Projects
days until the end of spring semester.days until Snakes on a Plane.
Boxes unpacked
Math article project
Finished mathematical core of article. Next: Write analytical core of article.
Dummit and Foote, Abstract Algebra
Finished section 1.6 (86 to go)
Silverman and Tate, Rational Points on Elliptic Curves
FInished 2.5 (31 to go)
Conway, Functions of One Complex Variable I
Finished section 7.5 (27 to go)
Munkres, Topology
Finished section 21 (60 to go)
Royden, Real Analysis
Finished section 2.4 (97 to go)
Nonfiction book project
Todo list uptodate
Fiction book project
1443 out of 100,000 projected words written.
Top 100 novels of all time
Reading Ulysses
IMDB top 250 films
Tengoku to jigoku next in queue.
Blogroll
This academic life
Academic CoachConfessions of a Community College Dean
Learning Curves
The Little Professor
My Hiding Place
New Kid on the Hallway
One Bright Star
Planned Obsolescence
Tall, Dark, and Mysterious
Math blogs
Ars MathematicaMathForge
MathPuzzle
Think Again
Archives

July 2003
August 2003
September 2003
October 2003
November 2003
December 2003
January 2004
February 2004
March 2004
April 2004
May 2004
June 2004
July 2004
August 2004
September 2004
October 2004
December 2004
January 2005
March 2005
April 2005
May 2005
June 2005
July 2005
August 2005
September 2005
October 2005
November 2005
December 2005
January 2006
February 2006
March 2006
April 2006
May 2006
Vito Prosciutto: Teaching community college math on the road to a PhD.
Wednesday, July 06, 2005
11:10Some math content
Consider the case where we're investing $100/month at 6% annually (which is 0.5% monthly, thus my choice of a 6% rate). So at the end of the first month there's the $100 investment, plus its interest (I=prt) of $.50. At the end of the second month, we've added $100 and we're going to pay interest on $200.50. And the process repeats. That's not terribly helpful. Let's look at the abstract case.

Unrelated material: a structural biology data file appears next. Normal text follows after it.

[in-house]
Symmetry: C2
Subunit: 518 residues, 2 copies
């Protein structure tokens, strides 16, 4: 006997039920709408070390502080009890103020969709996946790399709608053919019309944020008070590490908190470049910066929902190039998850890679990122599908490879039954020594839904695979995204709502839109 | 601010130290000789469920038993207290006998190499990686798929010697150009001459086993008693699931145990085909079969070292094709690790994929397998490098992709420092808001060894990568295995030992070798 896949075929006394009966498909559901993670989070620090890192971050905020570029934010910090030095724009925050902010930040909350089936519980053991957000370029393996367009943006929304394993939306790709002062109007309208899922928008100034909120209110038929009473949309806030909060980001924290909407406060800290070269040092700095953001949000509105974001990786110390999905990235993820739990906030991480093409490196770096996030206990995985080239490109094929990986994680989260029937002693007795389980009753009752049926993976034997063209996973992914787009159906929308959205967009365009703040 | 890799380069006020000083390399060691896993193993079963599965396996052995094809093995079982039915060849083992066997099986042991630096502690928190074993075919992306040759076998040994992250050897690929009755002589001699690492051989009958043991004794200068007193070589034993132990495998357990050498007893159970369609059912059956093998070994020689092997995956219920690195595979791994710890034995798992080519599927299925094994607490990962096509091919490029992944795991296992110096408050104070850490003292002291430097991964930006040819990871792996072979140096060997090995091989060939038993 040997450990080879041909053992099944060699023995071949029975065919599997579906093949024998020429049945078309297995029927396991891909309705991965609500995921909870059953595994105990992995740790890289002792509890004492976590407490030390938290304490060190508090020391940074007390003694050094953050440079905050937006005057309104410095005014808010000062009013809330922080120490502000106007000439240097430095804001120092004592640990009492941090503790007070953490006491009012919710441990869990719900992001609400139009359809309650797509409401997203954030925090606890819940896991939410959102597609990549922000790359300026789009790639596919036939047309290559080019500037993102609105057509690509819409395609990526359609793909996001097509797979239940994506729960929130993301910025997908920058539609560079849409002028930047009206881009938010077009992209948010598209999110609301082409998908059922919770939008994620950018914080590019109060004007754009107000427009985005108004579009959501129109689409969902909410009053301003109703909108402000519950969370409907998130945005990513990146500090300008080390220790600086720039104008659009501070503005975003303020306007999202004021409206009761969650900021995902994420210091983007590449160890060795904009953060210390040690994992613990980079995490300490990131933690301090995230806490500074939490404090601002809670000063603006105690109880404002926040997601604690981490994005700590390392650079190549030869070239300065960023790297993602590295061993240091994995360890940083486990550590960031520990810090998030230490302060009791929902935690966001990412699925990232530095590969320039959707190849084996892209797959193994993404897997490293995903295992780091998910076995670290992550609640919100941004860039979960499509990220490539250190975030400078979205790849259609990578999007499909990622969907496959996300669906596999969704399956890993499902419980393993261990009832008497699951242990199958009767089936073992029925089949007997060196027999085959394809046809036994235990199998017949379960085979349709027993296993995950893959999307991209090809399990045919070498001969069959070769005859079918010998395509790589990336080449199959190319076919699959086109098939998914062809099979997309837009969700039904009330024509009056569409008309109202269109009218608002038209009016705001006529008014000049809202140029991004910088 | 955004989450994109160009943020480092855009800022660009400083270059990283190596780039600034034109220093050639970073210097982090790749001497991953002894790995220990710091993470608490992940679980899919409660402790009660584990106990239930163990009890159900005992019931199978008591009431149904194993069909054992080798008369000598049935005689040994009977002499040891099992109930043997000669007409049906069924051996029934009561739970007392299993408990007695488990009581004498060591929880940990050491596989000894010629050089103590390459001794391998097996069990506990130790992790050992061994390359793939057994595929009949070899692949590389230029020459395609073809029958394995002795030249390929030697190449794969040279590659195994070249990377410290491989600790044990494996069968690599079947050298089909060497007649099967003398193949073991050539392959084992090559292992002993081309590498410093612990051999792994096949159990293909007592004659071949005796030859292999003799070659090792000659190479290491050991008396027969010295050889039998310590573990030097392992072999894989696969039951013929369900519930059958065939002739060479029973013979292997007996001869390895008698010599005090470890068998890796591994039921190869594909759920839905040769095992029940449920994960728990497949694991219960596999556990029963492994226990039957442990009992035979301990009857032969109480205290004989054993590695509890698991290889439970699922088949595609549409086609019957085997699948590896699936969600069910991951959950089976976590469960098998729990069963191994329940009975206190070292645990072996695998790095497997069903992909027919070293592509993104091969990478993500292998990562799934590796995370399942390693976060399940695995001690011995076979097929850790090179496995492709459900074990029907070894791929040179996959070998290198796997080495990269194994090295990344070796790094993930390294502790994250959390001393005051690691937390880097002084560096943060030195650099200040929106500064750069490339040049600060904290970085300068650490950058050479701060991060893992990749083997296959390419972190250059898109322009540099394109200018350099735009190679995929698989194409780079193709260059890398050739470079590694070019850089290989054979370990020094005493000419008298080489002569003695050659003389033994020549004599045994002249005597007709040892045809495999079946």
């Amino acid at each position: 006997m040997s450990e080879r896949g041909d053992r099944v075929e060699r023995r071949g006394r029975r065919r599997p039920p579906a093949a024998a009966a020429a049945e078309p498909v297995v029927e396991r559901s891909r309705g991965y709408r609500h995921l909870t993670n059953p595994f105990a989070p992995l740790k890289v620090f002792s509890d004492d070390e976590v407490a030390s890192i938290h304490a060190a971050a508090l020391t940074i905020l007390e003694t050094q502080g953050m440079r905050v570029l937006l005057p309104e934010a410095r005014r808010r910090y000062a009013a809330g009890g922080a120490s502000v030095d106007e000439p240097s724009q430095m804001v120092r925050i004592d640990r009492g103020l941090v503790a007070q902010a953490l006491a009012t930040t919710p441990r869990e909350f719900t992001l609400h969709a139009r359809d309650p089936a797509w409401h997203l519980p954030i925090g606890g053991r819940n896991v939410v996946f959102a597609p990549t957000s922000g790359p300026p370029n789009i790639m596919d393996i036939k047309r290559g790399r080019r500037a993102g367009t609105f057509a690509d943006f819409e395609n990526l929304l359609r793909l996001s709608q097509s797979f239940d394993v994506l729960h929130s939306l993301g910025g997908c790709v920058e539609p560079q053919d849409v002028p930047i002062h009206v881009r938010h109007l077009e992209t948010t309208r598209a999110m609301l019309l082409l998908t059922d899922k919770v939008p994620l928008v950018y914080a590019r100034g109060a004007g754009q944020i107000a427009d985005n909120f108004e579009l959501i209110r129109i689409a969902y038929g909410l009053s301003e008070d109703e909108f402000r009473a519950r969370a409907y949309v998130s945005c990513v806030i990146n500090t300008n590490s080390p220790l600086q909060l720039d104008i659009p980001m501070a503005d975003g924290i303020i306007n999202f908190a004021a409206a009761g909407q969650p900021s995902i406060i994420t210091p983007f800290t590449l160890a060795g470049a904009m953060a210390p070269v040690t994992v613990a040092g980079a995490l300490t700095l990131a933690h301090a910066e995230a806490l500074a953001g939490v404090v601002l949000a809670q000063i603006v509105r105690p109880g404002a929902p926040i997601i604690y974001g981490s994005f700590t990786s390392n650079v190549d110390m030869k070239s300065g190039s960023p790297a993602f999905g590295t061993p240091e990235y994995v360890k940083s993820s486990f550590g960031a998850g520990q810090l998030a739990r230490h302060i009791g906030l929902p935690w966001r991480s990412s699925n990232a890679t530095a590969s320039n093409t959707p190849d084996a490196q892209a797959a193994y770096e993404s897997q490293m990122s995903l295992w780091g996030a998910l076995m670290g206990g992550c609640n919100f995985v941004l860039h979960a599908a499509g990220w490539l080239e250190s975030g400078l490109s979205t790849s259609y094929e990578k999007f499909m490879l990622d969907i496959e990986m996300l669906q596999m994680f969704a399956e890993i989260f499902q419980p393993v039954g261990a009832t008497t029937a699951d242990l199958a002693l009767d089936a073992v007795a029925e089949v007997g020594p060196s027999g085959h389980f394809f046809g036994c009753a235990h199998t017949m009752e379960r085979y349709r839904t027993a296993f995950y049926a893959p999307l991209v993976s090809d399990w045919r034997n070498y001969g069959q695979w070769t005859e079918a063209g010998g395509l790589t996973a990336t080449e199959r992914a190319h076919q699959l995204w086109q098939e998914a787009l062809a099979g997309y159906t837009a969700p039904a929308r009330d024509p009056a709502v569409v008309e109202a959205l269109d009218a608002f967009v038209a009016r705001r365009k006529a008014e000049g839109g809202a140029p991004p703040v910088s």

Let the a be the monthly investment amount and x be the monthly interest rate. Now we have the following amounts at the end of each month:
Month 1: ax
Month 2: (ax+a)x=ax^{2}+ax
Month 3: (ax^{2}+ax+a)x=ax^{3}+ax^{2}+ax
Now we see a pattern. We can factor out the a and see that we're left with
[sum from i=1 to n] x^{i}
We just need a formula to express this more succinctly. Trying some concrete numbers to see what happens helps when I pick x=10. Then we're talking about (letting the lower limit be 0 rather than 1) a number which is all 1's. It occurs to me that this can be described by taking x^{n+1}1 and dividing by x1. I double check this with some polynomial long division to make sure that it is in fact the expected x^{n}+...+x+1 and now I know that I can find the total saved after n months by taking
P=a[((1+(r/12))^{n+1}1)/(r/12)1]
where r is the annual savings rate. We add 1 because x will be 1 plus the monthly savings rate. The minus 1 at the end is to take care of the fact that our expression is actually for the sum from 0 to n but we don't want to include that 0 term (which reflects another contribution to the pot at the end of the savings term which hasn't had interest applied to it).
Next I'll have to tackle the installment loan payment amount formula. How hard can it be?